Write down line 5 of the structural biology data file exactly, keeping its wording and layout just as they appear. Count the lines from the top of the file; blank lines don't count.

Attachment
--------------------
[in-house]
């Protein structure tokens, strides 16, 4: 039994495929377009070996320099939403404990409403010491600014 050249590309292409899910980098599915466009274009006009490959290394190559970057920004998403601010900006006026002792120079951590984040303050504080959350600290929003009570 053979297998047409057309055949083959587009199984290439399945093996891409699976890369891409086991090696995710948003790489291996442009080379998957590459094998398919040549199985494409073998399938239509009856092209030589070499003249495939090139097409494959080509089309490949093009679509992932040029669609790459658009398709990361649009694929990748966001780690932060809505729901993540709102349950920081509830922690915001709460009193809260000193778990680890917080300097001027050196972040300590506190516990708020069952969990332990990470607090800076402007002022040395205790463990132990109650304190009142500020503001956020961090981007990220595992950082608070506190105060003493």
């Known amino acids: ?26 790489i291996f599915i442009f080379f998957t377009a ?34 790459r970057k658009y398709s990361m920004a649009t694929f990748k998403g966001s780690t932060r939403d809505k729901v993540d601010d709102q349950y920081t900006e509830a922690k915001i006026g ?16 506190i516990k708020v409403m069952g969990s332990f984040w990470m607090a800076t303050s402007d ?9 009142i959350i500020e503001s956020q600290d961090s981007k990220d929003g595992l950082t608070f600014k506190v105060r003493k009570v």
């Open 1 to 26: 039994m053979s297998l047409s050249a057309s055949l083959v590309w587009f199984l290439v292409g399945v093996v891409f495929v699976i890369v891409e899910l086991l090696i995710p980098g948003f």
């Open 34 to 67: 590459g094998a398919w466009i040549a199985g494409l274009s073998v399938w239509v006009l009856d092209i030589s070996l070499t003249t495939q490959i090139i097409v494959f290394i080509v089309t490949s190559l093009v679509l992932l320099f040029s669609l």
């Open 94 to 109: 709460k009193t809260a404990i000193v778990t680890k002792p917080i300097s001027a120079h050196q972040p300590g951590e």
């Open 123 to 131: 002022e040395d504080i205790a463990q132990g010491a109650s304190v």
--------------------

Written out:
């Open 34 to 67: 590459g094998a398919w466009i040549a199985g494409l274009s073998v399938w239509v006009l009856d092209i030589s070996l070499t003249t495939q490959i090139i097409v494959f290394i080509v089309t490949s190559l093009v679509l992932l320099f040029s669609l």